By Barry Adams, Wisconsin State Journal, February 5th, 2022 | READ MORE
The nearly $20 million restoration was only the first step.
With its windows replaced, roof repaired and its brick walls sealed, Garver Feed Mill’s potential has been somewhat muted thanks to a course-altering pandemic that hit just a few months after the opening.
The business plan for the former East Side sugar factory building, however, has remained true and has filled the 60,000-square-foot space with a village of diverse entrepreneurs pining for the end of mask mandates and looking forward to growing revenues.
Ian’s Pizza, with its display case of freshly baked pies, is the most visible, along with the Garver Lounge, a spacious bar adjacent to the 13,500-square-foot atrium that can host music, weddings and, on Saturdays in the winter, a farmer’s market.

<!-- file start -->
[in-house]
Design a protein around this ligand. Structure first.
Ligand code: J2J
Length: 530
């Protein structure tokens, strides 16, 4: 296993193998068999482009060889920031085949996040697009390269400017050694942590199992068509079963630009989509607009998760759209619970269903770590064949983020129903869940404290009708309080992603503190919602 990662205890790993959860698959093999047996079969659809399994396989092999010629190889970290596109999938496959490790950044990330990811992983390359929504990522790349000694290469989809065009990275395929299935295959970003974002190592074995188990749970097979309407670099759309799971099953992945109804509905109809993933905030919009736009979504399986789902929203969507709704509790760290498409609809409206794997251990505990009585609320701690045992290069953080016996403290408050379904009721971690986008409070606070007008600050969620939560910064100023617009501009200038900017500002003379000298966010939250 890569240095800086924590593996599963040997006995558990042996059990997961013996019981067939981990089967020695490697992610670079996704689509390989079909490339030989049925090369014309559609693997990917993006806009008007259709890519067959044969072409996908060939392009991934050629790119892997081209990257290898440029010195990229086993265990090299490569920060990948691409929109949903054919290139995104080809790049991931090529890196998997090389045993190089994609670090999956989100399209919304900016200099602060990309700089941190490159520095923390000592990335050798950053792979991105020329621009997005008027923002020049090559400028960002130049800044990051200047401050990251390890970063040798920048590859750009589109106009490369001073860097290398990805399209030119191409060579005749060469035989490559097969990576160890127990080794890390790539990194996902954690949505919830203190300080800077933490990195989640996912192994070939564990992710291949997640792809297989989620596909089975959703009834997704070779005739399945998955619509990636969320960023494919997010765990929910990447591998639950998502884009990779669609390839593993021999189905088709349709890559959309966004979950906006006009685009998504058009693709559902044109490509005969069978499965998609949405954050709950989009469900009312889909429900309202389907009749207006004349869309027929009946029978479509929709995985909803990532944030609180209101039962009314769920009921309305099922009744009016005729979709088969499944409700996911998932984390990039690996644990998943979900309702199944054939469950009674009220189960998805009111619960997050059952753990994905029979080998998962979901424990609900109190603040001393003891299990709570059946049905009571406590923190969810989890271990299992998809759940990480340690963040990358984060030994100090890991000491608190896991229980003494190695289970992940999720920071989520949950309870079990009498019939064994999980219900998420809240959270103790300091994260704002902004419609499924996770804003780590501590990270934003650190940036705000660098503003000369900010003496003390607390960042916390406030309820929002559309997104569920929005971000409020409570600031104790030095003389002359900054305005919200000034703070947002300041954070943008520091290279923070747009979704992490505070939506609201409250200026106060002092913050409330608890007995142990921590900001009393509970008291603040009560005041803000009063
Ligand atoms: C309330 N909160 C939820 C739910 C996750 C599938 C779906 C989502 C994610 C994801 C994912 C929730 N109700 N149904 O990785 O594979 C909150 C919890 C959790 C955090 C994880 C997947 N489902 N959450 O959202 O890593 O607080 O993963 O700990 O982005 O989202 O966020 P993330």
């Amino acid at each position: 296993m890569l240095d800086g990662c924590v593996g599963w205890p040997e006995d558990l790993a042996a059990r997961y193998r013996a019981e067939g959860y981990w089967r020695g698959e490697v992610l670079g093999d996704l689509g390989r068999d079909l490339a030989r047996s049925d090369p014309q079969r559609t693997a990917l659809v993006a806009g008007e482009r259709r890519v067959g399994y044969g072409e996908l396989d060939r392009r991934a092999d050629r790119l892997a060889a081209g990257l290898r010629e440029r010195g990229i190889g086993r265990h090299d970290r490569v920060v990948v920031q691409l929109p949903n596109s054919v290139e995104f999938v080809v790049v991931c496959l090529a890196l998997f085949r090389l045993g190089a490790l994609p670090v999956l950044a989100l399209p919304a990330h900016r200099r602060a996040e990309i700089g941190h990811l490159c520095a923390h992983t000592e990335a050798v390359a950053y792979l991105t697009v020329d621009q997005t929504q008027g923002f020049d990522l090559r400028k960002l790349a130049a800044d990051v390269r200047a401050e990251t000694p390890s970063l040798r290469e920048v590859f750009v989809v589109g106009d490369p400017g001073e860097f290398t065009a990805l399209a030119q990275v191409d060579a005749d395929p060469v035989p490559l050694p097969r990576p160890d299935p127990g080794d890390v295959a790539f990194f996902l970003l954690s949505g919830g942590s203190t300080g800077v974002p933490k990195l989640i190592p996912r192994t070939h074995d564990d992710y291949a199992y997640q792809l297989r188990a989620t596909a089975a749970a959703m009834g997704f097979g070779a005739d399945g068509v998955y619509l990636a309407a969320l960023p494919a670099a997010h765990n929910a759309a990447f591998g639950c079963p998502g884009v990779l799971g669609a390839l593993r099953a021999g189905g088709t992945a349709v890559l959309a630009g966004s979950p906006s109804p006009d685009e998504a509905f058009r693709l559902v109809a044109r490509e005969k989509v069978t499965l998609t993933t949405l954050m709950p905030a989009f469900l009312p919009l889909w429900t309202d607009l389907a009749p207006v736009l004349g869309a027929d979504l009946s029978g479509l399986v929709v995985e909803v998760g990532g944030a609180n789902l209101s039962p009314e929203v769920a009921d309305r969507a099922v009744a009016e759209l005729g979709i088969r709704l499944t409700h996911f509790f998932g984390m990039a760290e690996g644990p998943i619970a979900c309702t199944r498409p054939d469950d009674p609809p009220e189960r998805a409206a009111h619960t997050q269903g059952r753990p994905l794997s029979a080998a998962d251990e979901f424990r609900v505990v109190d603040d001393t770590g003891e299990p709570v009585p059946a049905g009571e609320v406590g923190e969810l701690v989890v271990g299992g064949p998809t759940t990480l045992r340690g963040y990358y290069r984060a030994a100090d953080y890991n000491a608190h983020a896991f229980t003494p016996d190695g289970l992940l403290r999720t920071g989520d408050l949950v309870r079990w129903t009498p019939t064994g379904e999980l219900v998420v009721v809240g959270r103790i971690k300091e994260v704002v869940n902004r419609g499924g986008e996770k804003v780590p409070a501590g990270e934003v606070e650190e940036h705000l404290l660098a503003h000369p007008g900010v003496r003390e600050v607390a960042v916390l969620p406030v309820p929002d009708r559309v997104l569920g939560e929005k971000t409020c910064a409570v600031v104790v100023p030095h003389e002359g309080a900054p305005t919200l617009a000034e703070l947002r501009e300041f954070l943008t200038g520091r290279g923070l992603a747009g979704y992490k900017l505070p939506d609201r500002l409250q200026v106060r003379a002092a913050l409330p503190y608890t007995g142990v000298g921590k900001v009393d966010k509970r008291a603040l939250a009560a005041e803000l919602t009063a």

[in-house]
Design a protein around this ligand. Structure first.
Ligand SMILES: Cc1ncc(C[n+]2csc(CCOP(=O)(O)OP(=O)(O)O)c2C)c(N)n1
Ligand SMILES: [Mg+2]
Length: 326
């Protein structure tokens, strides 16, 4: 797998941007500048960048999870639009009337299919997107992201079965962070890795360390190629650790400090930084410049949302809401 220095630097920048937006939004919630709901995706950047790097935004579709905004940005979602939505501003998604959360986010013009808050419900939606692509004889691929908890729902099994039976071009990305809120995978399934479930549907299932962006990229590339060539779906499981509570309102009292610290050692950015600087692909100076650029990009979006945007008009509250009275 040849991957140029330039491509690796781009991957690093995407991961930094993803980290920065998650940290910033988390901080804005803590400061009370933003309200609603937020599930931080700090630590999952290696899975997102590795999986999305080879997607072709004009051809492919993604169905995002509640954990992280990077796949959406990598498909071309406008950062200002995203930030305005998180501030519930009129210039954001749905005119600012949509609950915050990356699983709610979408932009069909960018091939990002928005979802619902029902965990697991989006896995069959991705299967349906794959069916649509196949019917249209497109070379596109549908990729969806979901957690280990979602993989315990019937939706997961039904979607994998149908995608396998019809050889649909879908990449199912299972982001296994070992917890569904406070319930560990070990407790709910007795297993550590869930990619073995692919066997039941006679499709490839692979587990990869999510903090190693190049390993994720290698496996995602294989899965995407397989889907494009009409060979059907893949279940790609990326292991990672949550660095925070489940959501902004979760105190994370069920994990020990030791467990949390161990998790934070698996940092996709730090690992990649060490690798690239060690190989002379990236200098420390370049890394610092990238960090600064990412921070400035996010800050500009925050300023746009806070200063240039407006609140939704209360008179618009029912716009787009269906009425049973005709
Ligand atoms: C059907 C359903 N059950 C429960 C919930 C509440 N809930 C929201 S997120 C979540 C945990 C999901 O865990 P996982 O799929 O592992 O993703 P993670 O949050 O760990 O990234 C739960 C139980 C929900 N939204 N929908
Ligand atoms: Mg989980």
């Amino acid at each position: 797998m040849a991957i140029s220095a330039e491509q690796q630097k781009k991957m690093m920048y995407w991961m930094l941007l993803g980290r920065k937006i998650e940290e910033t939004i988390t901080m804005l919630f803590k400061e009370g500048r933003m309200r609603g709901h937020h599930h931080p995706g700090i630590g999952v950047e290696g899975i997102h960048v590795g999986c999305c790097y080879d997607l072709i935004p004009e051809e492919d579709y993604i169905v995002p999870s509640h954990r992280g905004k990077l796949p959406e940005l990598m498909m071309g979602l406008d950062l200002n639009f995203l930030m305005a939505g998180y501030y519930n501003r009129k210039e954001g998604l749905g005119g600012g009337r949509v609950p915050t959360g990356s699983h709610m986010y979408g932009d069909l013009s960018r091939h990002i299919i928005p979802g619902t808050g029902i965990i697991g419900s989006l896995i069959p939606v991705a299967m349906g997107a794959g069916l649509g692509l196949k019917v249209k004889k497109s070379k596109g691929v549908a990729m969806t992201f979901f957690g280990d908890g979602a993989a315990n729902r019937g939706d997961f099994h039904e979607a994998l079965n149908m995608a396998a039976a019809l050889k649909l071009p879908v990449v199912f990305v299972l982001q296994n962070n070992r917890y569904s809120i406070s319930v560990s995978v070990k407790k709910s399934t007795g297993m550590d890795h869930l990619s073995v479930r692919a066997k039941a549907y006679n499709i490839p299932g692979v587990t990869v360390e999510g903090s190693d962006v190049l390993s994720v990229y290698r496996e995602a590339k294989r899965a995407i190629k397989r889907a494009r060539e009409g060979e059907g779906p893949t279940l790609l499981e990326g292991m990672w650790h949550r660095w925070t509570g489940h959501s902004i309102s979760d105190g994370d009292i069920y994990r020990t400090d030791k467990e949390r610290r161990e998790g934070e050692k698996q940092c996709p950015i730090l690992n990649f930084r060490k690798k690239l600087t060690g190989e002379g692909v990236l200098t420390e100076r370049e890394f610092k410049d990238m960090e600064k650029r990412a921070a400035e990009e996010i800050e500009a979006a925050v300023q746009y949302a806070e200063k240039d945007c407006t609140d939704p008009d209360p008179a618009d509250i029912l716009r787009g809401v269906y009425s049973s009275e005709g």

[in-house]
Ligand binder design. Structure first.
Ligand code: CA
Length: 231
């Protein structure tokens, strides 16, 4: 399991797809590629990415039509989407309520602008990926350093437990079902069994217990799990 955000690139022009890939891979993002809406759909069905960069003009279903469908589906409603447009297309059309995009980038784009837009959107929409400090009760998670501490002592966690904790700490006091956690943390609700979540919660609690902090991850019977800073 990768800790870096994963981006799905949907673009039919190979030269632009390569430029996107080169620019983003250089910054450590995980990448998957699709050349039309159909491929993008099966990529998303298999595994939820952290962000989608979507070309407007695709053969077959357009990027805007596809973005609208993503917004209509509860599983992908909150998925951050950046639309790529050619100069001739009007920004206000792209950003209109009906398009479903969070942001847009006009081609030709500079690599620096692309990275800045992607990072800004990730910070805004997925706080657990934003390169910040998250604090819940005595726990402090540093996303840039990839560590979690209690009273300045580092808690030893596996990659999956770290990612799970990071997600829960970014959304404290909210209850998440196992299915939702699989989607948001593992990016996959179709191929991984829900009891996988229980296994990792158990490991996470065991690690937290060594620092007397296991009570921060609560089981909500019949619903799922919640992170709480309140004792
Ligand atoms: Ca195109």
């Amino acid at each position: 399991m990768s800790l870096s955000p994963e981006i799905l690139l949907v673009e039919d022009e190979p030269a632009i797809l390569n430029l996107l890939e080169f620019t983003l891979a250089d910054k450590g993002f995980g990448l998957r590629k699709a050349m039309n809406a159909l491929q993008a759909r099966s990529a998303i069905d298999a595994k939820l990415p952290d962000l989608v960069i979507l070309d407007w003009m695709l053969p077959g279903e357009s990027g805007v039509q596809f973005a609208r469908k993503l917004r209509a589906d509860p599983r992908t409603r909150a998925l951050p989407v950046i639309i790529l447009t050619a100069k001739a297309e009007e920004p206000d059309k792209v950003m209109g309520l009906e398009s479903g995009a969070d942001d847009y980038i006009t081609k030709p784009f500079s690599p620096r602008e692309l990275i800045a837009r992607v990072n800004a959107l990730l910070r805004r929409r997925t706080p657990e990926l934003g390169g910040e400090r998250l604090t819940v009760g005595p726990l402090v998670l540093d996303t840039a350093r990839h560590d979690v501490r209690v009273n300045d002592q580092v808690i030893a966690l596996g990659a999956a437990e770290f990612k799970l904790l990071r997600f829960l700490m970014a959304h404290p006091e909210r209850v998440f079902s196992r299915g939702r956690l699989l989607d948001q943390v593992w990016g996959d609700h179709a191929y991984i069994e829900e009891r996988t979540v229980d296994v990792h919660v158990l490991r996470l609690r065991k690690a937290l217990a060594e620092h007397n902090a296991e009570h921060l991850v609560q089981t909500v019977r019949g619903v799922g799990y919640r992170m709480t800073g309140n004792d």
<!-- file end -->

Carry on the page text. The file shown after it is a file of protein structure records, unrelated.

But Garver’s other tenants include KOSA, a spa on the second level that combines steam baths and saunas with healthy eating, massages and meditation. Next door is Perennial Yoga and around the corner the corporate offices of Sitka Salmon Shares. Twig and Olive Photography is here along with Briar Loft, a floral design company; Ledger Coffee Roasters, Calliope Ice Cream and NessAlla Kombucha, which has a 15,000-square-foot production facility.
The newest entries are Clouds North Films, a video production company specializing in micro-documentaries, and Glitter Workshop, where a core group of a dozen local artists sell their creations and classes are held in candle pouring, wood burning and making bath bombs.
In short, this once controversial and dilapidated building off South Fair Oaks Avenue is alive and well. “I think we’re just starting to hit our stride,” said Bryant Moroder, a member of the development team for Baum Revision, which spearheaded the restoration and manages the spaces. “Its really been an economic catalyst for the small businesses and entrepreneurs, which is part of the intention.”